At the time of writing this Newsletter, we are at the end of the Winter Olympics one of our biggest sports carnivals. It is here the champions; the winners are acknowledged. These are the athletes that outshone all others on that day. But we know the performance given at that moment is the culmination of years and years of practice and rehearsal. So too is a child's response to any stressful situation. How they act is not based on the presenting conditions but on a belief system that has been built-up during their ‘training.'
Success at the Olympics has rightly or wrongly become very important to nations, and we have seen the great lengths they will go to support those competitors who are a chance to win gold. All across the world, Nations have programs such as our Institute of Sport who search for every advantage. New research has identified a significant finding that supports what good teachers have always known and that the relationship between the coach and the athlete is one of the critical factors that will allow one winner to emerge given the competitors are in all other ways equally gifted. The pursuit of excellence of behaviour does not have the same appeal. However, for teachers who deal with the most troubled students, the drive for success is just as powerful and for the student how effective that teacher is, will have a life-long benefit that goes well beyond the gold medal race!
According to findings presented in November 2015 at the World Class Performance Conference in London, super-elites, the winners felt that their coaches fully satisfied their emotional needs by acting as friends, mentors and unwavering supporters—in addition to providing superb technical support. High-performing athletes who did not ‘medal’ did not feel that way. "This turns on its head a long-held view that we must simply pair the best technical and tactical coaches to our best athletes to achieve ultimate performance," says Matthew Barlow, a postdoctoral researcher in sports psychology at Bangor University in Wales, who led the study.
Effective teachers know that relationships are the key factor in providing the best opportunity for children to develop into the mature, self-reliant and responsible young men and women. To achieve this, I believe that teachers and parents need to build what is referred to as ‘relationship intelligence.' Before I discuss relationship intelligence, it may be prudent to describe what relationship intelligent isn't.
One thing children need to develop for them to face life's inevitable trials and tribulations are resilience; that is the ability to continue after the set-backs and failures we all face. Resilience is best nurtured when we allow our students to face-up to rejection and failure while we support them as being worthy individuals. It is hard for us all not to ‘make things right’ when we see our children distressed or when they have got themselves into trouble. But if we solve their problems for them, we deny them the very conditions to develop resilience. By just ‘being there’ for them when they are facing relatively small setbacks and not ‘fixing’ things allows them to build their capacity to live through the inevitable setbacks they will face as an adult when they are on their own. This exposure to life’s challenges is of course on a graduating scale; it is ‘age-appropriate’. At school we expect our senior students to be much more independent than our juniors.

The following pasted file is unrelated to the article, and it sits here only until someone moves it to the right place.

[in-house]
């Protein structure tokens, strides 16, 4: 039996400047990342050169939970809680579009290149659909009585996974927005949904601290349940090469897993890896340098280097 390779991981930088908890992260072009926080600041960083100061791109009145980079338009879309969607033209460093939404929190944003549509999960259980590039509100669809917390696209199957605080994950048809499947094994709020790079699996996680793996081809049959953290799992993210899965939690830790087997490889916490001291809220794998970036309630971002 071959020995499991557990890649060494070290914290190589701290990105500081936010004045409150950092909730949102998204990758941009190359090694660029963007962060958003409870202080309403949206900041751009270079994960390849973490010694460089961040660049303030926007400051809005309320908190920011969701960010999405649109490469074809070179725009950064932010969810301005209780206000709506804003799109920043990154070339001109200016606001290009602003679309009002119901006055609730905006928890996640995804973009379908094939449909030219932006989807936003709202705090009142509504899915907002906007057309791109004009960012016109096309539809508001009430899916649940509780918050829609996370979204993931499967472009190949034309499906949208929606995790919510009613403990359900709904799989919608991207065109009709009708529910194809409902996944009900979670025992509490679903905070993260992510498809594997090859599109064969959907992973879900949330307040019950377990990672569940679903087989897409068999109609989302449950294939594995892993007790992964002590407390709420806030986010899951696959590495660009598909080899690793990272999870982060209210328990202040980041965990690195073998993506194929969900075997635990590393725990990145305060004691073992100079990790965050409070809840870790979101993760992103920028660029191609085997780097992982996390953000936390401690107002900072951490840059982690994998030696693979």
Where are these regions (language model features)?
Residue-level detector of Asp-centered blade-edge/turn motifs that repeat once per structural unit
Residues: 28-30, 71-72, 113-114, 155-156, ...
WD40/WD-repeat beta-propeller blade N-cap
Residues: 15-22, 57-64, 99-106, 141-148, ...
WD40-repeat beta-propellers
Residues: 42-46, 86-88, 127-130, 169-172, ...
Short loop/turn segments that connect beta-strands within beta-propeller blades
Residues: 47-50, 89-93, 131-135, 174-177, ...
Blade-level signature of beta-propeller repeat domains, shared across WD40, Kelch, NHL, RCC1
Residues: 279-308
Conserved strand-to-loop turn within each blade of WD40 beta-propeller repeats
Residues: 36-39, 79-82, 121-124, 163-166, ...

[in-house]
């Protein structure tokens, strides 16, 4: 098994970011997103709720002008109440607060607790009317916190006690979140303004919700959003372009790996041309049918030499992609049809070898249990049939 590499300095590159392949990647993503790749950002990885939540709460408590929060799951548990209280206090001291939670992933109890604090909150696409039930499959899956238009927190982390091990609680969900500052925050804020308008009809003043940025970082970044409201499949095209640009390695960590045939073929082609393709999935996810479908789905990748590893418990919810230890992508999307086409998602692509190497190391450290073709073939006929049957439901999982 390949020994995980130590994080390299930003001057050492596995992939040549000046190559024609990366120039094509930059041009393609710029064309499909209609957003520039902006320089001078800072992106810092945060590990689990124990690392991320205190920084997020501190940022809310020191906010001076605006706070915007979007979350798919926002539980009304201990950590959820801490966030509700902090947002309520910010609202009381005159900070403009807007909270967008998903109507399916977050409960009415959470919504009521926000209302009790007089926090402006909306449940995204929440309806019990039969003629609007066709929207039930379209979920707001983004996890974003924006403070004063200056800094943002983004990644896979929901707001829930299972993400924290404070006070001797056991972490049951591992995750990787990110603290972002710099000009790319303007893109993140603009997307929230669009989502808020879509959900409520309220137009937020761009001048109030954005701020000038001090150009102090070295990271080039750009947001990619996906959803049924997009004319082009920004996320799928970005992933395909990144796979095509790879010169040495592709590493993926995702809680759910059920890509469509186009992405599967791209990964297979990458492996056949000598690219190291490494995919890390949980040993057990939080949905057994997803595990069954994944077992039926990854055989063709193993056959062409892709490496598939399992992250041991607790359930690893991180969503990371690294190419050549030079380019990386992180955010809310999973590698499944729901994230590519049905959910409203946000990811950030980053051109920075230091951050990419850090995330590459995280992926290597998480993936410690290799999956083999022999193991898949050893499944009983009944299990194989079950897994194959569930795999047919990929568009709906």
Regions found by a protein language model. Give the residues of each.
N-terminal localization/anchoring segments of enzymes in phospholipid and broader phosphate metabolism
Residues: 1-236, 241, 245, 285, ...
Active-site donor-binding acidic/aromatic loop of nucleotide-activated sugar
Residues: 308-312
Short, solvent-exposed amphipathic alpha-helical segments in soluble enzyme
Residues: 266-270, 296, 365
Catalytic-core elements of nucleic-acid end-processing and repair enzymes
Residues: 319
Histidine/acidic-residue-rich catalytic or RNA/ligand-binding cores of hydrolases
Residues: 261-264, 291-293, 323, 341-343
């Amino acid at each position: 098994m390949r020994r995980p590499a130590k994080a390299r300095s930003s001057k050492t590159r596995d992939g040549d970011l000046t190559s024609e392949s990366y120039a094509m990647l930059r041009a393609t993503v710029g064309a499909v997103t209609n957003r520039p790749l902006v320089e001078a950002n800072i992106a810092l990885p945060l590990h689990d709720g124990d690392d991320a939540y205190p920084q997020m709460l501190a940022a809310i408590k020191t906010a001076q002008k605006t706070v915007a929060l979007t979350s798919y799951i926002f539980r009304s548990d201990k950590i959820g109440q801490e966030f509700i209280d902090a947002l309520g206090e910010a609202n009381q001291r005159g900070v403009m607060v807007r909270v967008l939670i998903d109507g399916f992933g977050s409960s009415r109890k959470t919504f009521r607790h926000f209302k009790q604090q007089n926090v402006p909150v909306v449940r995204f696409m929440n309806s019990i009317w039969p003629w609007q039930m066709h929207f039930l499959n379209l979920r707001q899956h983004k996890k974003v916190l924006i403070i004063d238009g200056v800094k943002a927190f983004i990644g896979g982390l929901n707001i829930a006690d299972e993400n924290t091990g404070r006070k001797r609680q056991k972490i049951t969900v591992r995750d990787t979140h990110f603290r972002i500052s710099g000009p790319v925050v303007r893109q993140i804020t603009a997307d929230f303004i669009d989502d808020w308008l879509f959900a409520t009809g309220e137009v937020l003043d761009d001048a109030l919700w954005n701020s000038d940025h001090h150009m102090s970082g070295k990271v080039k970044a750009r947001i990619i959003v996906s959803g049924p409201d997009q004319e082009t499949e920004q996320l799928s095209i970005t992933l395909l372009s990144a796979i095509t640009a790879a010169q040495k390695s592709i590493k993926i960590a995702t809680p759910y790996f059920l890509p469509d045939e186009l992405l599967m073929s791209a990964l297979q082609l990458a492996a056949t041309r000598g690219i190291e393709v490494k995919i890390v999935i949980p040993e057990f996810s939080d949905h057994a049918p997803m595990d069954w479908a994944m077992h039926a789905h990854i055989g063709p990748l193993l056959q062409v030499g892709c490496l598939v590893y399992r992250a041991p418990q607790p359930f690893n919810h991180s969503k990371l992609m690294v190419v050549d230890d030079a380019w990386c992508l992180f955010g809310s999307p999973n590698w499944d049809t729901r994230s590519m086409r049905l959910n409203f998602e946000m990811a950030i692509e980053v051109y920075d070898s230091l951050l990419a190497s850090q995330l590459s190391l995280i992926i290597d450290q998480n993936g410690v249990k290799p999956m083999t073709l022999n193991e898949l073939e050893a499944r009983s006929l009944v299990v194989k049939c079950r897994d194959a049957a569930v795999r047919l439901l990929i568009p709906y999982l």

So what is relationship intelligence? The following is a list of what I think helps make a good relationships work:
- Consistency, students get a sense of security and control if they can trust that they will know what happens when they make a mistake
- Mutual trust and respect – this is paramount in building positive relationships
- Understanding and meeting students’ needs
- Taking the time to communicate and this does not only mean talking to them but actively listen to what they have to say
- Maintaining consistently high standards in your behaviour
- Responding to and nurturing a child’s passions or talents
- Not taking setbacks personally
- Showing vulnerability – show that you are not perfect and accept the consequences of your mistakes
In my past life, I have had the privilege of coaching elite athletes who have represented Australia in football, and I have also had the honour to teach our most damaged of students. In both instances the goal was the same, to be the best they could be. Being the best we can be as teachers is in making an intelligent contribution to the personal development of all the children in our care. Support children of all ages, while they are growing to be the best they can be is our task. Our kids will make mistakes, but they will never be mistakes.